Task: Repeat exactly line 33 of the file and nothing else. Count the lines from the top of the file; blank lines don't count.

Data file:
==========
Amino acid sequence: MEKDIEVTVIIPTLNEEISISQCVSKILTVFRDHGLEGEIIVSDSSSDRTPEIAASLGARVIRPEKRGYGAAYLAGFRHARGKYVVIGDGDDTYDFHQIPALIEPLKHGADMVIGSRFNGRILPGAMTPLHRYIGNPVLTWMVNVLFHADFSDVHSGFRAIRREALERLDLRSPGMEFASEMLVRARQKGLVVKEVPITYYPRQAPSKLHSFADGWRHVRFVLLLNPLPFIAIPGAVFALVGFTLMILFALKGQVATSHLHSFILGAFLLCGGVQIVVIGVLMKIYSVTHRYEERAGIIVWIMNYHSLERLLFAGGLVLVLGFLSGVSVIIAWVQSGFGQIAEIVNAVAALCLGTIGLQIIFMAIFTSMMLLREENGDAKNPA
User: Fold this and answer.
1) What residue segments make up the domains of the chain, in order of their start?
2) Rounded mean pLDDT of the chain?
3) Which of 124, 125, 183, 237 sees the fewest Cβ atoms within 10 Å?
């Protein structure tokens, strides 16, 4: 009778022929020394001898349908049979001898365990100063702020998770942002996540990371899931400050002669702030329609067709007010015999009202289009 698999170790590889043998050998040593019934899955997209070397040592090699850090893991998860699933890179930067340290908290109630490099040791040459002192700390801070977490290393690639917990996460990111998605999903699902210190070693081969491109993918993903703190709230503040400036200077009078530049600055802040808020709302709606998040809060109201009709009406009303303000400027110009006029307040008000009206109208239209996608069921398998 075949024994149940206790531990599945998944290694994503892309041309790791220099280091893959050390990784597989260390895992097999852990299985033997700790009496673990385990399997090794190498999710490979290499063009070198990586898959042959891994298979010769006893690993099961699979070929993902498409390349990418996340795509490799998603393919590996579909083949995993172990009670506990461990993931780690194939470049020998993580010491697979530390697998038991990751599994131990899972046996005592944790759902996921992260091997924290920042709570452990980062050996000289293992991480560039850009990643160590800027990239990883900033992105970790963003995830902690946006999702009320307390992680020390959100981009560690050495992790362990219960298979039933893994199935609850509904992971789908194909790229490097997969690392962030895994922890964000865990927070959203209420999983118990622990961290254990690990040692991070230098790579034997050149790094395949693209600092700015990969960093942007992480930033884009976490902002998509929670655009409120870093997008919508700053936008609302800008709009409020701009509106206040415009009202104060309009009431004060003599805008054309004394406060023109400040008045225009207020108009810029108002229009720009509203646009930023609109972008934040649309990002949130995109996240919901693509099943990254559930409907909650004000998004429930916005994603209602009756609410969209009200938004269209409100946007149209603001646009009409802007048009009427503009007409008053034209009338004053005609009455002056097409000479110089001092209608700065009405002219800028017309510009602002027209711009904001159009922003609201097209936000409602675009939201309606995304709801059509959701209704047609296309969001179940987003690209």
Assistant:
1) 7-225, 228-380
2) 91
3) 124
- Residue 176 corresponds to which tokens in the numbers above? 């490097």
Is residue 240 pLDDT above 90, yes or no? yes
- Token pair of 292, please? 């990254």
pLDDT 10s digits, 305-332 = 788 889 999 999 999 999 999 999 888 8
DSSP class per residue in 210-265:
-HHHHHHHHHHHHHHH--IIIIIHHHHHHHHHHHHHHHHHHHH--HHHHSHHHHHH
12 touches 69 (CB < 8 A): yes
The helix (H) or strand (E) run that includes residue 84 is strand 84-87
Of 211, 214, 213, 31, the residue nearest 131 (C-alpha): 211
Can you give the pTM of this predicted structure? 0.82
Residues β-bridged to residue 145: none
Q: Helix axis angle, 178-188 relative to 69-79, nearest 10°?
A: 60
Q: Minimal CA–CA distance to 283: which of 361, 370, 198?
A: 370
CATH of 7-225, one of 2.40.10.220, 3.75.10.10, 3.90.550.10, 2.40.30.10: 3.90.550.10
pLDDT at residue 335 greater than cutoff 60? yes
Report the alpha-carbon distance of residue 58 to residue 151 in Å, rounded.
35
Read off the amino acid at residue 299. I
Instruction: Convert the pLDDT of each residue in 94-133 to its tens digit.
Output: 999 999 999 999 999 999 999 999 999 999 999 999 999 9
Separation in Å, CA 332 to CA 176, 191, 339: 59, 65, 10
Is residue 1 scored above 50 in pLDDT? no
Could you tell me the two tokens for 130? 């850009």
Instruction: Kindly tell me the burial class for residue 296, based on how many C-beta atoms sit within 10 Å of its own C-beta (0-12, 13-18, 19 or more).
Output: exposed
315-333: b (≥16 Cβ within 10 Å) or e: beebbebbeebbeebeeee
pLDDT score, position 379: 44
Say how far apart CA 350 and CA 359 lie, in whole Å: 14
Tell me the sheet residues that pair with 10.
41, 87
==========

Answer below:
Separation in Å, CA 332 to CA 176, 191, 339: 59, 65, 10